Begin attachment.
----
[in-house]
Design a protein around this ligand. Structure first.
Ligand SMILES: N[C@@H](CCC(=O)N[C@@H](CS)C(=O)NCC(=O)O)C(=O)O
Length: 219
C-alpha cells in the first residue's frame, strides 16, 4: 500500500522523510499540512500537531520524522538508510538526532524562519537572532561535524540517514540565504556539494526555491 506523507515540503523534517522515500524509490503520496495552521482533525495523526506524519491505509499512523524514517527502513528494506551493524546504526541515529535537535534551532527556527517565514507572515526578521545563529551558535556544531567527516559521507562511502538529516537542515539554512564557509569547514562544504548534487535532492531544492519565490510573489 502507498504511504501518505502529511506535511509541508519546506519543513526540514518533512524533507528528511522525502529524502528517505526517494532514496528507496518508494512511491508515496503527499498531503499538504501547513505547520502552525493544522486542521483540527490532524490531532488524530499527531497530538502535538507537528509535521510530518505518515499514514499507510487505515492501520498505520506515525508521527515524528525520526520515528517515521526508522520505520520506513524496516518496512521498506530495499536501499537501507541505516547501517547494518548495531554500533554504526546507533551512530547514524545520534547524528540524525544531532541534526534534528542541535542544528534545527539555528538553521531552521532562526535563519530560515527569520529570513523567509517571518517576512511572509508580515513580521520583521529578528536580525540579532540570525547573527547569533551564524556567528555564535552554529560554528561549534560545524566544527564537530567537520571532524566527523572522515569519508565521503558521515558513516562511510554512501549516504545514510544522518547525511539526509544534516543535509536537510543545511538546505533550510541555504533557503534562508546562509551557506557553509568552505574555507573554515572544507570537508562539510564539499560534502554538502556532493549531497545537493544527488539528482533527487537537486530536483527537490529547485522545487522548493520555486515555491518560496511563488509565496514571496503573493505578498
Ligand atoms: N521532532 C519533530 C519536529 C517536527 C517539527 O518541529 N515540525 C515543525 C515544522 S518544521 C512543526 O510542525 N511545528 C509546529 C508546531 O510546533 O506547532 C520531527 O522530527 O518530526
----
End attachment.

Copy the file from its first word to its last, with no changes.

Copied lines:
[in-house]
Design a protein around this ligand. Structure first.
Ligand SMILES: N[C@@H](CCC(=O)N[C@@H](CS)C(=O)NCC(=O)O)C(=O)O
Length: 219
C-alpha cells in the first residue's frame, strides 16, 4: 500500500522523510499540512500537531520524522538508510538526532524562519537572532561535524540517514540565504556539494526555491 506523507515540503523534517522515500524509490503520496495552521482533525495523526506524519491505509499512523524514517527502513528494506551493524546504526541515529535537535534551532527556527517565514507572515526578521545563529551558535556544531567527516559521507562511502538529516537542515539554512564557509569547514562544504548534487535532492531544492519565490510573489 502507498504511504501518505502529511506535511509541508519546506519543513526540514518533512524533507528528511522525502529524502528517505526517494532514496528507496518508494512511491508515496503527499498531503499538504501547513505547520502552525493544522486542521483540527490532524490531532488524530499527531497530538502535538507537528509535521510530518505518515499514514499507510487505515492501520498505520506515525508521527515524528525520526520515528517515521526508522520505520520506513524496516518496512521498506530495499536501499537501507541505516547501517547494518548495531554500533554504526546507533551512530547514524545520534547524528540524525544531532541534526534534528542541535542544528534545527539555528538553521531552521532562526535563519530560515527569520529570513523567509517571518517576512511572509508580515513580521520583521529578528536580525540579532540570525547573527547569533551564524556567528555564535552554529560554528561549534560545524566544527564537530567537520571532524566527523572522515569519508565521503558521515558513516562511510554512501549516504545514510544522518547525511539526509544534516543535509536537510543545511538546505533550510541555504533557503534562508546562509551557506557553509568552505574555507573554515572544507570537508562539510564539499560534502554538502556532493549531497545537493544527488539528482533527487537537486530536483527537490529547485522545487522548493520555486515555491518560496511563488509565496514571496503573493505578498
Ligand atoms: N521532532 C519533530 C519536529 C517536527 C517539527 O518541529 N515540525 C515543525 C515544522 S518544521 C512543526 O510542525 N511545528 C509546529 C508546531 O510546533 O506547532 C520531527 O522530527 O518530526